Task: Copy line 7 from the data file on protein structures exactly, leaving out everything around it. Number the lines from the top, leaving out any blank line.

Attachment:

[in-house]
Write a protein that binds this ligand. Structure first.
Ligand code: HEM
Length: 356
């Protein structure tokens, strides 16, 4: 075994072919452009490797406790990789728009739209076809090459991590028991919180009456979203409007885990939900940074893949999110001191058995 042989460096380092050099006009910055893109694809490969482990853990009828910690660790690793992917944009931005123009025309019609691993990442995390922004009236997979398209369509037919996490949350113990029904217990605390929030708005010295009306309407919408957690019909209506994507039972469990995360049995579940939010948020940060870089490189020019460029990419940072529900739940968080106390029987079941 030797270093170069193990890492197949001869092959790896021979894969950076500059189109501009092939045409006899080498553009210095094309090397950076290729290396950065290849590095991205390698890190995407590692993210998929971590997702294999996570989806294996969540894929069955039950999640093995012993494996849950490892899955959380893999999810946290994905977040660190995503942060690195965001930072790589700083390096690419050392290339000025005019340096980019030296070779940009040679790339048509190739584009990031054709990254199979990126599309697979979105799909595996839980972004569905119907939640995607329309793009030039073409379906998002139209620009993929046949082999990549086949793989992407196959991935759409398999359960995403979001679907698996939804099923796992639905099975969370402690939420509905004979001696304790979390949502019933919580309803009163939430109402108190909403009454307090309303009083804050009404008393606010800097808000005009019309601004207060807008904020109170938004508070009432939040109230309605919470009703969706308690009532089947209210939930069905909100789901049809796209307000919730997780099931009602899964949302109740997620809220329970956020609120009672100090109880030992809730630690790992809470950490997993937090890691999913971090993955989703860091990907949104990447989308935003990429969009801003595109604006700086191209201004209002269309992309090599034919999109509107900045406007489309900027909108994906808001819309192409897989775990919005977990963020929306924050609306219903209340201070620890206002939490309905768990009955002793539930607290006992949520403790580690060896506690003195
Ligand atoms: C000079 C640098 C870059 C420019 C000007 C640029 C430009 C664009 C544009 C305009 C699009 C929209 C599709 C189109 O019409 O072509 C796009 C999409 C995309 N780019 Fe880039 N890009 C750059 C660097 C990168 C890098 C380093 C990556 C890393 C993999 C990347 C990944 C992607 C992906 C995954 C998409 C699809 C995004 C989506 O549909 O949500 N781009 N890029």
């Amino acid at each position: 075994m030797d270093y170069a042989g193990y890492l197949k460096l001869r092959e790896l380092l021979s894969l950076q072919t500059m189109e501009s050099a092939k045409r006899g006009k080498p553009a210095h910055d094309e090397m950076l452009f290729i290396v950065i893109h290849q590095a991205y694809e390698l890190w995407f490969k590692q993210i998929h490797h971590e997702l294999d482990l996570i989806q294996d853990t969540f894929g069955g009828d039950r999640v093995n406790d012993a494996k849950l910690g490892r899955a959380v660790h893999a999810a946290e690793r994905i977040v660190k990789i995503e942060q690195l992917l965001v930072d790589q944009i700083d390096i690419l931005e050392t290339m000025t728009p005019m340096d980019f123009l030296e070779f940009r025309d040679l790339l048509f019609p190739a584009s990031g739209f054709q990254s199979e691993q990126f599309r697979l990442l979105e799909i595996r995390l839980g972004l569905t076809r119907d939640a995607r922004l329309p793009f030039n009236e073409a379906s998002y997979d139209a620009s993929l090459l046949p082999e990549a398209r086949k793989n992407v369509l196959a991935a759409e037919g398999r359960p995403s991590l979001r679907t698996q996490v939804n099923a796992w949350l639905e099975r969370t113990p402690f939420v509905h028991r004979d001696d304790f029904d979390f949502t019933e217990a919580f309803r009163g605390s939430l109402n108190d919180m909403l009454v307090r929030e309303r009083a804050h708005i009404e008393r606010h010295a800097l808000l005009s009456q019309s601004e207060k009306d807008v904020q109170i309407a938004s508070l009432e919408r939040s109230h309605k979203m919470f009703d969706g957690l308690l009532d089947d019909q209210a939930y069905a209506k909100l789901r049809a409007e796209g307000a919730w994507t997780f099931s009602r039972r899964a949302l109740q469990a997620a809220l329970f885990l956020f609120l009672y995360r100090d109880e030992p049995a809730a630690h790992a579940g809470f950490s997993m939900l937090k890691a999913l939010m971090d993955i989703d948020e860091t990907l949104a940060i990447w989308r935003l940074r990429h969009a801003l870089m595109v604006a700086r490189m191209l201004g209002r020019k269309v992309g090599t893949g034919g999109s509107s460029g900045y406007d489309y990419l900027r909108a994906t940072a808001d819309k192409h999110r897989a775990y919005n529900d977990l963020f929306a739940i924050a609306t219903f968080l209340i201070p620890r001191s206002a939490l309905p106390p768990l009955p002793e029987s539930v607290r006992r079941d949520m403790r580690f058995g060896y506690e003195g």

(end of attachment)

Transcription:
């Amino acid at each position: 075994m030797d270093y170069a042989g193990y890492l197949k460096l001869r092959e790896l380092l021979s894969l950076q072919t500059m189109e501009s050099a092939k045409r006899g006009k080498p553009a210095h910055d094309e090397m950076l452009f290729i290396v950065i893109h290849q590095a991205y694809e390698l890190w995407f490969k590692q993210i998929h490797h971590e997702l294999d482990l996570i989806q294996d853990t969540f894929g069955g009828d039950r999640v093995n406790d012993a494996k849950l910690g490892r899955a959380v660790h893999a999810a946290e690793r994905i977040v660190k990789i995503e942060q690195l992917l965001v930072d790589q944009i700083d390096i690419l931005e050392t290339m000025t728009p005019m340096d980019f123009l030296e070779f940009r025309d040679l790339l048509f019609p190739a584009s990031g739209f054709q990254s199979e691993q990126f599309r697979l990442l979105e799909i595996r995390l839980g972004l569905t076809r119907d939640a995607r922004l329309p793009f030039n009236e073409a379906s998002y997979d139209a620009s993929l090459l046949p082999e990549a398209r086949k793989n992407v369509l196959a991935a759409e037919g398999r359960p995403s991590l979001r679907t698996q996490v939804n099923a796992w949350l639905e099975r969370t113990p402690f939420v509905h028991r004979d001696d304790f029904d979390f949502t019933e217990a919580f309803r009163g605390s939430l109402n108190d919180m909403l009454v307090r929030e309303r009083a804050h708005i009404e008393r606010h010295a800097l808000l005009s009456q019309s601004e207060k009306d807008v904020q109170i309407a938004s508070l009432e919408r939040s109230h309605k979203m919470f009703d969706g957690l308690l009532d089947d019909q209210a939930y069905a209506k909100l789901r049809a409007e796209g307000a919730w994507t997780f099931s009602r039972r899964a949302l109740q469990a997620a809220l329970f885990l956020f609120l009672y995360r100090d109880e030992p049995a809730a630690h790992a579940g809470f950490s997993m939900l937090k890691a999913l939010m971090d993955i989703d948020e860091t990907l949104a940060i990447w989308r935003l940074r990429h969009a801003l870089m595109v604006a700086r490189m191209l201004g209002r020019k269309v992309g090599t893949g034919g999109s509107s460029g900045y406007d489309y990419l900027r909108a994906t940072a808001d819309k192409h999110r897989a775990y919005n529900d977990l963020f929306a739940i924050a609306t219903f968080l209340i201070p620890r001191s206002a939490l309905p106390p768990l009955p002793e029987s539930v607290r006992r079941d949520m403790r580690f058995g060896y506690e003195g």